Obama is also very risk averse, and in particular conflict averse. Moreover, his main objective is his grand bargain with Iran, and Putin’s assistance could be helpful in that regard. But perhaps most importantly, I am sure he doesn’t give a sh*t about Ukraine. So the Ukrainian people can’t look to us for help. As for the Euros–they’re Euros, and essentially useless. Divided. Militarily powerless. Distracted by their own economic problems. So the Europeans will be of little help either.

    And as you note, this is exactly the kind of thing that can lead to miscalculation. Putin and Yanukovych are no doubt contemptuous of the Americans and Europeans, and will feel emboldened to act: as you note, this is in part a consequence of Obama’s fecklessness and blunders. I don’t think that their calculations regarding the US and the EU are wrong, but I do think that if they do that they will be miscalculating about the reactions of the Ukrainian people. This is why I think that the risk of civil war is high.

    Ukraine has always been divided. During the Civil War of 1918-1920, there was a three-way conflict between the Reds, Whites, and Greens that was truly horrific. Even during WWII Ukraine was divided, with many supporting the Nazis.

    I am not predicting a reprise of the Civil War or the return of partisan bands, but it could get very, very ugly.

    The ProfessorComment by The Professor — January 22, 2014 @ 9:14 pm

  13. goddamn it, SWP, you have fallen for the goddamn sovok propaganda – “many Ukrainians supporting the Nazis”

    THAT IS NOT TRUE! I don’t know where you got that bullshit, except from sovok propaganda mythology.

    At any rate, I don’t know why the hell you brought up that crap.

    Living in World War II on a daily basis, with all the propaganda about how the commies gained a glorious people’s victory over the fascists is exactly what the sovoks, and the sovok mafia, have been living off of for years. It was drummed into people’s heads, and many of them got brainwashed with it.

    Today, we are well past that, but there is still no sense in spreading false sovok history – not even from you.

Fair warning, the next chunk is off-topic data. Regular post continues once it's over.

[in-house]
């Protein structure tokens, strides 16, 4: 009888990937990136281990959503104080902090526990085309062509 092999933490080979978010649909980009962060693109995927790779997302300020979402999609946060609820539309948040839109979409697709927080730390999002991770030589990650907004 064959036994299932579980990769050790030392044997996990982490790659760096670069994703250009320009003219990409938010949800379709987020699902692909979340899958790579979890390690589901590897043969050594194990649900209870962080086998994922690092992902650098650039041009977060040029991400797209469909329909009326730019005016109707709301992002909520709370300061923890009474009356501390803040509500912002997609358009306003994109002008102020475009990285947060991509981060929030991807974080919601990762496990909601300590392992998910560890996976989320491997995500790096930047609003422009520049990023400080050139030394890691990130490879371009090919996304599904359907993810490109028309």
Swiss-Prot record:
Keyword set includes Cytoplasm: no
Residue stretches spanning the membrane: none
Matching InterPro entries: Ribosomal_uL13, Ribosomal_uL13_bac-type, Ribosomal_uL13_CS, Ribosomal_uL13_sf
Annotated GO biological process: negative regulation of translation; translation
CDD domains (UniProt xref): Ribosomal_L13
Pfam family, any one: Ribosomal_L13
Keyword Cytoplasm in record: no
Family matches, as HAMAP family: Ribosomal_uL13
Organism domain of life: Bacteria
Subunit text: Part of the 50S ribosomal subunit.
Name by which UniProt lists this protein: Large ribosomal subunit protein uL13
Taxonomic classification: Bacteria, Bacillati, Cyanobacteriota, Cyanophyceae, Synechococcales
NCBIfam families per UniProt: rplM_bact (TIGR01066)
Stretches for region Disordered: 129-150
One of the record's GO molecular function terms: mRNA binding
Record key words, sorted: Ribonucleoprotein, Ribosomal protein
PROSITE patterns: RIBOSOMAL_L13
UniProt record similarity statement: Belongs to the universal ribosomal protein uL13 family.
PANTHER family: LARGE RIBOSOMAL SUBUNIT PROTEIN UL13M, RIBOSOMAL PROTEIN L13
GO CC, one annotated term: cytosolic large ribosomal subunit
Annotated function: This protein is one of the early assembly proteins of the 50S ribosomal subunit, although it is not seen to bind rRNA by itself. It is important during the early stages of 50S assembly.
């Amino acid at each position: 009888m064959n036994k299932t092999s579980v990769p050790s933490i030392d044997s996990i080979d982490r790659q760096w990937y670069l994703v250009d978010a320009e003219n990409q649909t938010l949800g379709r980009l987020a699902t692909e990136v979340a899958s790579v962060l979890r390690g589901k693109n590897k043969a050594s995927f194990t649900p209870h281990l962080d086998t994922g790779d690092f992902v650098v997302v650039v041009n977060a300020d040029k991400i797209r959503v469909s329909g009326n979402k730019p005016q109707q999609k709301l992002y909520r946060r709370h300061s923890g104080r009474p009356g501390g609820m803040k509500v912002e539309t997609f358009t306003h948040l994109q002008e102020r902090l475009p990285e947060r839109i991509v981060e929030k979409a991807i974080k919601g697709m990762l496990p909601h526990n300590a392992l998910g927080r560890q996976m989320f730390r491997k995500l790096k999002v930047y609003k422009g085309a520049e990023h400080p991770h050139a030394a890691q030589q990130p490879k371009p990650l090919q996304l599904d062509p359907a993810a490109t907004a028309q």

I have 2 uncles, now deceased, who were “guests” in sovok labor camps for fighting against the commies during WWII.

    They in no way “supported the Nazis,” goddamn it.

    They fought for a free and independent Ukraine, and they were stuck between fascists on one side, and fascists on the other.

    My father’s house was blown up during WWII – the Nazis came during the day, the commies came at night.

    My mother lost an older sister during WWII.

    They wanted a free and independent Ukraine. They did not “support the Nazis” and you should not be spreading sovok crap.

    Comment by elmer — January 22, 2014 @ 9:52 pm

  14. not ukraine, but interesting stratfor analysis on regions “directly” under Putin’s control.

    Comment by scott — January 23, 2014 @ 5:26 am

  15. Chris, there is no question that yanukonvikt and his Bolshevik Regionnaires, the Party of Regions, have now tried to implement Vlad Dracul Putler’s “managed democracy” model – which means an authoritarian state.

    In Rasha, the president of Rasha is nominated by the president of Rasha and elected by the president of Rasha.

    But, as Vitaly Portnikov (the most brilliant analyst in Ukraine) has pointed out, there are differences. In Rasha, Putler spread around some oil money in a “bargain with the people” – I get to steal all I want, and so do my cronies, and you get some oil money. Yanukonvikt does not have that kind of money.

    Second, in Rasha, Putler implemented the whole thing through “creeping authoritarianism” over a period of years.

    Yanukonvikt and his banda of thugs tried to do this overnight, in a country which had a taste of free air.

    Now, Yanukonvikt and his banda are trying to ram this through by force.

    Here is a video of how they operate – Berkut (the “Golden Eagles”) stripped a guy naked, made him stand in the freezing cold, and video-ed him, while at the same time grabbing and shoving.

    Here is the video.

    As far as civil war, I don’t see it. Right now, it’s the “government” against protesters. There is no legitimate government in Ukraine, and there is no bona fide legal system in Ukraine.

    The “government” recently hired so-called “titushky” to stand at the US Embassy in Kyiv, for some reason – I guess it’s all the “foreign intervention.”

    Guess what? The poor guys – and they are poor – got screwed. They weren’t paid.

    so they blocked the car of one of the “coordinators”

    Vitaly Portnikov has left the country, due to threats against his life.

    Berkut has also been attacking medical personnel, and his instructed hospitals not to treat protesters. They have been grabbing injured protesters out of hospitals.

    They even attacked the Red Cross:

    Comment by elmer — January 23, 2014 @ 10:07 am